Virgin, Blockbuster Enter Megastore PartnershipDIRK BEVERIDGE , Associated Press
Nov. 16, 1992 4:18 PM ET
LONDON (AP) _ Blockbuster Entertainment Corp. and Virgin Retail Group Ltd. said Monday they are beginning a joint venture to operate big entertainment stores throughout the United States, continental Europe and Australia.
The move would give Blockbuster a greater presence in the recorded music business it entered with the recent $185 million acquisition of the U.S.-based Sound Warehouse and Music Plus chains.
It also will put Virgin head Richard Branson into the United States with an entertainment partnership similar to those Virgin operates in Britain and Japan with dozens of stores.
Terms were not immediately disclosed for the deal between London-based Virgin and Blockbuster, the world's largest home video retail company based in Fort Lauderdale, Fla.
But the companies said Blockbuster will acquire a 50 percent stake in some 15 Virgin Megastores operating in Paris, Marseilles and Bordeaux, France; Berlin; Milan, Italy; Vienna, Austria; Amsterdam in the Netherlands; and Sydney, Melbourne and Adelaide, Australia.
Also included are Virgin Megastores soon to open in Hamburg, Germany; and Los Angeles.
Virgin will continue to manage and operate the stores, which sell recorded music, videos and games.
Virgin and Blockbuster also plan to develop a large chain in the United States that will be owned 75 percent by Blockbuster and 25 percent by Virgin. The two companies will equally share control of the stores, which will be managed by Virgin and called Blockbuster Virgin Megastores.
Securities analysts said the deal should be a winner for both companies.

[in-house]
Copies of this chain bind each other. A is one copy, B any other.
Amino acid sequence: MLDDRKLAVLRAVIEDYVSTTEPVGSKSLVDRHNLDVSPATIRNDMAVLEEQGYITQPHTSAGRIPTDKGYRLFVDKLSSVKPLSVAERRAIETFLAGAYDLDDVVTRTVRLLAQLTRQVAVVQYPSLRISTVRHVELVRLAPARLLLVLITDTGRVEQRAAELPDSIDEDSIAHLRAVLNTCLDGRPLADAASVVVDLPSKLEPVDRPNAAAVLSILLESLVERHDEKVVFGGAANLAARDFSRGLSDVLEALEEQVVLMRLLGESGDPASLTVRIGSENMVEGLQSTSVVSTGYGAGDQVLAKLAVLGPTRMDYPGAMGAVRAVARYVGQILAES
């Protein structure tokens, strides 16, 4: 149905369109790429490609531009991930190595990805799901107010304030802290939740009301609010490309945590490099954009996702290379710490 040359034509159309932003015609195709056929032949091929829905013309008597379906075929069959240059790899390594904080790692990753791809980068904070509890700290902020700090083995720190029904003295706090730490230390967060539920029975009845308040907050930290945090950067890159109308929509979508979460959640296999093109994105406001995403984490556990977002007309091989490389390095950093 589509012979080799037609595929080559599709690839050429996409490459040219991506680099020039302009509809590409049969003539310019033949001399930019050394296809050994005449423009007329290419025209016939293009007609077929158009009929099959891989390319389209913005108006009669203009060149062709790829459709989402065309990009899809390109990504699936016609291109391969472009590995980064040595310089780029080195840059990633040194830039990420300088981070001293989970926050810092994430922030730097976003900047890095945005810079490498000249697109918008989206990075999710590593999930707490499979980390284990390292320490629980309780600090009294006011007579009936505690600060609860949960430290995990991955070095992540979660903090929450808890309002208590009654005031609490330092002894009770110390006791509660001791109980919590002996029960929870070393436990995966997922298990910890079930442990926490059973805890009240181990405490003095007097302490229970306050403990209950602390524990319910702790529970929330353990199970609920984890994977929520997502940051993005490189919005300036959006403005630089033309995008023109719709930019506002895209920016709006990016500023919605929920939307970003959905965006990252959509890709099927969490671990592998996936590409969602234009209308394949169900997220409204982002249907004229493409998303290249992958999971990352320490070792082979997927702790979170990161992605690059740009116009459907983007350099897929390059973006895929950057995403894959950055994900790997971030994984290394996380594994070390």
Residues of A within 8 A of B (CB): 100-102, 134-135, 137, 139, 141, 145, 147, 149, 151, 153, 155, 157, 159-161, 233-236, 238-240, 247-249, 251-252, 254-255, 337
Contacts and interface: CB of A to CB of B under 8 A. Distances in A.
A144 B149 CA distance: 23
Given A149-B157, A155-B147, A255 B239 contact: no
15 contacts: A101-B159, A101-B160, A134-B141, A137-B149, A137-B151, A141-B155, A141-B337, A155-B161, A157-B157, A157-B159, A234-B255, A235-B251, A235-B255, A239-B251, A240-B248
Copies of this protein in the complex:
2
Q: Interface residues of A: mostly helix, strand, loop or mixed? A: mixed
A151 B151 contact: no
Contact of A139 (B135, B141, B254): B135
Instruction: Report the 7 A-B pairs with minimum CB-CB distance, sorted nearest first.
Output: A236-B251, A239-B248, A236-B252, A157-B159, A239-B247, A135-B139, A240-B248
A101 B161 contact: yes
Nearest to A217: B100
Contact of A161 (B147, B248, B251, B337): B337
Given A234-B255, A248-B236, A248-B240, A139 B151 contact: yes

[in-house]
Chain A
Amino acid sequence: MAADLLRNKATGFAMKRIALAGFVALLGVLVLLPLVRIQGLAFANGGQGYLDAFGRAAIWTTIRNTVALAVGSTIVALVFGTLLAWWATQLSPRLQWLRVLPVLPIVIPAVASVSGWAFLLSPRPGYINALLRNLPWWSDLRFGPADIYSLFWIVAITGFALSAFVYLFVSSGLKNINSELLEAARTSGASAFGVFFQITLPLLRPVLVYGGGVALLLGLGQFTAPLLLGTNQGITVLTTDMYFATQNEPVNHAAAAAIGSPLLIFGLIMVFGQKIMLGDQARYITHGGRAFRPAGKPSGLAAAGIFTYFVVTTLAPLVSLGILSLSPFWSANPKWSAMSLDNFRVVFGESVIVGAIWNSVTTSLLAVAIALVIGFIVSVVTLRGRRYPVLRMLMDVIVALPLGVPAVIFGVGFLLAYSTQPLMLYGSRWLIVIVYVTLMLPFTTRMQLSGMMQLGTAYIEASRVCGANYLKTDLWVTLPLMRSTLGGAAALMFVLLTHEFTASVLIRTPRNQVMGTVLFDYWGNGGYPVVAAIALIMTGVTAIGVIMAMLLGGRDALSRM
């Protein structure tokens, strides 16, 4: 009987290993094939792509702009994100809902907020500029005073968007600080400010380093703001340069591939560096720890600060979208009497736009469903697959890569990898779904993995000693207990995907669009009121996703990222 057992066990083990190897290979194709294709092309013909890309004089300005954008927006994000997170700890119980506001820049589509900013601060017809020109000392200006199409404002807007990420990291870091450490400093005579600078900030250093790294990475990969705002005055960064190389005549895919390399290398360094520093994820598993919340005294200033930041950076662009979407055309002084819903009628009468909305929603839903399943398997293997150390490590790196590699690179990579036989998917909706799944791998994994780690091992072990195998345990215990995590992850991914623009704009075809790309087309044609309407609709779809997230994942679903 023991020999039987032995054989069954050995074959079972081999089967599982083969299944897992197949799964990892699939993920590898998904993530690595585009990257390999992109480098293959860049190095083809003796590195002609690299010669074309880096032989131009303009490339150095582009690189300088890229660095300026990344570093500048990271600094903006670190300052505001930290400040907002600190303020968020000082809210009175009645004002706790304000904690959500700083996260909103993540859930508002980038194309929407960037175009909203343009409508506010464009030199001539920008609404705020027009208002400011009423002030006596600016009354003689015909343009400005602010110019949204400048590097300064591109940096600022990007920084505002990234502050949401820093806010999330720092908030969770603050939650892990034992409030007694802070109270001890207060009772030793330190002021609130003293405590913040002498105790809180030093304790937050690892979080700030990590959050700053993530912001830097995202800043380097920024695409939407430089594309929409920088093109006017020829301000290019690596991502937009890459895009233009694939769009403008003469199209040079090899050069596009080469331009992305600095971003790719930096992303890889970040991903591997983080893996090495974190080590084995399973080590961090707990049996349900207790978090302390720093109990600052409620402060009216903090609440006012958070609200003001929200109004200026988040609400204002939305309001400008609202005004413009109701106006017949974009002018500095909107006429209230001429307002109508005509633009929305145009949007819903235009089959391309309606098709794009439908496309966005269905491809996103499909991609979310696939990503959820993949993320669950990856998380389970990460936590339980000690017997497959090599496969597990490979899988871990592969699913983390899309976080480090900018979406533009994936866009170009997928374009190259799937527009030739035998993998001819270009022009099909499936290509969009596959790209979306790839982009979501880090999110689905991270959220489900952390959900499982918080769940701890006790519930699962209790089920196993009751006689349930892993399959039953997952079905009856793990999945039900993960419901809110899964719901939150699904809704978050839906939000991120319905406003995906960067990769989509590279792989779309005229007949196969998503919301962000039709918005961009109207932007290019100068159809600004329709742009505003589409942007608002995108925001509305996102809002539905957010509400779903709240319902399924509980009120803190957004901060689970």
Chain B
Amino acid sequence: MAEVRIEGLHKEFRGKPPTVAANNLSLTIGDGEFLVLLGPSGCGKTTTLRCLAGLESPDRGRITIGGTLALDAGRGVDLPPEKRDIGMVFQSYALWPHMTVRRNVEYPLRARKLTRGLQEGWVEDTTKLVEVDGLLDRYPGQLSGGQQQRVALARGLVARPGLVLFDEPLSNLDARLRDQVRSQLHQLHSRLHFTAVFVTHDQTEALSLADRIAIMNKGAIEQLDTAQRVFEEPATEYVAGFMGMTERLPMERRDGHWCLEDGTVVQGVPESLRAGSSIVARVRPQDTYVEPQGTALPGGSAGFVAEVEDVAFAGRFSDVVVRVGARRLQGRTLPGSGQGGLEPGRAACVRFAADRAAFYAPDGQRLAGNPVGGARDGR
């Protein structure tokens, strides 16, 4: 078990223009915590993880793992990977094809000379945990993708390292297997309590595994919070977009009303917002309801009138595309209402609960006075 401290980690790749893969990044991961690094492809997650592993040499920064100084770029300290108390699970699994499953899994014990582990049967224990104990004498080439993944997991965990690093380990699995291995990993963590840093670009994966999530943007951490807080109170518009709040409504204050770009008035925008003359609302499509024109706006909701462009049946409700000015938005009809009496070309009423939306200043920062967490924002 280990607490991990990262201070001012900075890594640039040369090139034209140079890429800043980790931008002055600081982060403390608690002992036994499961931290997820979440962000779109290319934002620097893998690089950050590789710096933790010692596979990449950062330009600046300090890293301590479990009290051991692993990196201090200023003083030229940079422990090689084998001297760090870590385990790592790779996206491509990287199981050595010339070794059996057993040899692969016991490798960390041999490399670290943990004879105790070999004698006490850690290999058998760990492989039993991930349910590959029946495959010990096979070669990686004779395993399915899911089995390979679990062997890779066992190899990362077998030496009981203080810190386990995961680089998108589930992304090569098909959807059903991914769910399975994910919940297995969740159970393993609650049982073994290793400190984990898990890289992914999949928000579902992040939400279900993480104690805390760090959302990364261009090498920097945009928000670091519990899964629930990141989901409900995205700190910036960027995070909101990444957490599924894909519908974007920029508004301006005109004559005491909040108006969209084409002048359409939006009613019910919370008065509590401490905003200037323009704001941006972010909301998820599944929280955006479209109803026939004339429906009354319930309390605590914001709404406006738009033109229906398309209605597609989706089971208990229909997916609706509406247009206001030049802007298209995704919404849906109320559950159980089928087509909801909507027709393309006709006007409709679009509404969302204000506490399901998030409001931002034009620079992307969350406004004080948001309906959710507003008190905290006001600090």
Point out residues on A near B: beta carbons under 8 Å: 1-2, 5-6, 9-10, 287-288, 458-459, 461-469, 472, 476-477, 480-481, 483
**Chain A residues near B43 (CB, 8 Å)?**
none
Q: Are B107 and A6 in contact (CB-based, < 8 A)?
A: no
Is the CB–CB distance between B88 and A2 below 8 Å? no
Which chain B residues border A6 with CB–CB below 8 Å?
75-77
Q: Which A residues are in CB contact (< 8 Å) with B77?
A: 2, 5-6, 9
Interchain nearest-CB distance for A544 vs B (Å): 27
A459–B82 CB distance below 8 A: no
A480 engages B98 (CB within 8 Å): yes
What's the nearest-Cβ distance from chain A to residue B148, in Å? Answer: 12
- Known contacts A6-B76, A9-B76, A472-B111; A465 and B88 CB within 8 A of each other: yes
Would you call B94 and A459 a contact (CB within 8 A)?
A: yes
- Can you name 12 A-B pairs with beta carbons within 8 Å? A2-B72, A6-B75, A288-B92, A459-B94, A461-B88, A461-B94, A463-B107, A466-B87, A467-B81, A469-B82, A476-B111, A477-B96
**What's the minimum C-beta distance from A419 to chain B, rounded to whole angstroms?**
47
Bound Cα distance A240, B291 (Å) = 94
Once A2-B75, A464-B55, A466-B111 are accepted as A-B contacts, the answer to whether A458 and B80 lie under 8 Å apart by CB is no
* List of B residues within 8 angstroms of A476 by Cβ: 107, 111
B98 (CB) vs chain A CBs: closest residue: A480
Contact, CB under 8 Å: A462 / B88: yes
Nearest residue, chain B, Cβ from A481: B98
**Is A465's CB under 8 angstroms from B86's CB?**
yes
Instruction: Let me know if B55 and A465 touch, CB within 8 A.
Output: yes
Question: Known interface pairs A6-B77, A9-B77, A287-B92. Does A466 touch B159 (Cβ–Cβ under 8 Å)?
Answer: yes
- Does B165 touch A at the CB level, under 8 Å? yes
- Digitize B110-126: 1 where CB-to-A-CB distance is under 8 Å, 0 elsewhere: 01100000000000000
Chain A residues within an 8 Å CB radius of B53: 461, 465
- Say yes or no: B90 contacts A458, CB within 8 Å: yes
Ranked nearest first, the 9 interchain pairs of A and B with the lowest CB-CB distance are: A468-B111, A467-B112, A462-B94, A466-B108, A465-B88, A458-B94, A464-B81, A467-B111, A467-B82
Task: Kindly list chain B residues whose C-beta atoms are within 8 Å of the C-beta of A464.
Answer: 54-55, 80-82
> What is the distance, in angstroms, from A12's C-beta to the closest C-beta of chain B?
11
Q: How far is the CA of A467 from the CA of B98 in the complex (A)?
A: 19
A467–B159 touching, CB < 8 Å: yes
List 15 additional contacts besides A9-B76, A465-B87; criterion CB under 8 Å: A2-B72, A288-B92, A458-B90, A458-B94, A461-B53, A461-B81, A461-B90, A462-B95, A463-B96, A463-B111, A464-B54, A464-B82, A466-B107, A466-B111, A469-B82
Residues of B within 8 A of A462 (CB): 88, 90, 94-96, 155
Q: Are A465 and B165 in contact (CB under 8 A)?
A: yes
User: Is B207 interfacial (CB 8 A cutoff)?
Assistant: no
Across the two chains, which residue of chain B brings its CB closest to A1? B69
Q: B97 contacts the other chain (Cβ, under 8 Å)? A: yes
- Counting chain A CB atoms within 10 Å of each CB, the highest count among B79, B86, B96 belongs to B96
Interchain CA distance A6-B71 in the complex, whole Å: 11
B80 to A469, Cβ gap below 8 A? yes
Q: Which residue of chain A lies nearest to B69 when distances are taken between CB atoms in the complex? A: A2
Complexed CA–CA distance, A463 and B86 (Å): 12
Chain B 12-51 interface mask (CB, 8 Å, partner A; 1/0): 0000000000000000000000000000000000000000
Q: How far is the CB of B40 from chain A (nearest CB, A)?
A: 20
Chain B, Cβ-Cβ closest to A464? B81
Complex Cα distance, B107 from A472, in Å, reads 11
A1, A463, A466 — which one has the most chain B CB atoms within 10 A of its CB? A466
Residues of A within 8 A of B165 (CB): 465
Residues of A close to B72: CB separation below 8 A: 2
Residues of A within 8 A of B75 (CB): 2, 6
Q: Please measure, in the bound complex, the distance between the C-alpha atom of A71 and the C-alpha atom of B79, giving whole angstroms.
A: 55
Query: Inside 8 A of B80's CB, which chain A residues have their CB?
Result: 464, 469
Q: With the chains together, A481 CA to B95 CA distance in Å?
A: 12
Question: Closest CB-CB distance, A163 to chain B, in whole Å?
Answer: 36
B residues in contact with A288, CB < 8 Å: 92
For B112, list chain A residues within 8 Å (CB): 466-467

''Blockbuster knows how to open locations, they know the U.S. market and they also have capital,'' said Gary M. Jacobson, a senior vice president at Kidder, Peabody & Co. in New York. ''Virgin knows the industry. You've got money and knowledge. What more do you need?''
A Chicago-based analyst who follows Blockbuster said the company has developed a strategy of operating huge entertainment stores that cater to entire families, unlike many recorded music stores that target a generally youthful clientele.
''I think it's part of their game plan to do to the record industry what they did to the video industry, to expand the music stores and make them more user-friendly to people over 40,'' said Gary L. Wirt, a vice president at Chicago Corp.
Blockbuster has been raking in profits despite the recession and seems to be in a good position to expand. The company reported last month its third- quarter profits jumped 51 percent to a new record of $41.3 million, while profits for the first nine months of the year were up 50 percent, at $96.9 million.
''They've just generated so much cash that it gives them an opportunity to expand and diversify a bit, and also cross-promote,'' Wirt said.
The companies would not say how many stores they might build.
''We don't have a defined number yet, but we have targeted all the major markets,'' Blockbuster vice chairman Steven R. Berrard said in a telephone interview.
Blockbuster will put up the money for the stores in the United States, according to a source familiar with the deal who spoke on condition of anonymity.
H. Wayne Huizenga, Blockbuster chairman and chief executive, said the deal with Virgin will supplement Blockbuster's entry into the music business. The purchase of Sound Warehouse and Music Plus last month gave Blockbuster 236 music stores in the United States.
Branson's move is similar to joint ventures set up in Britain with W.H. Smith Group PLC and in Japan with Marui Co. Ltd. Virgin operates a total of 51 stores as part of those partnerships.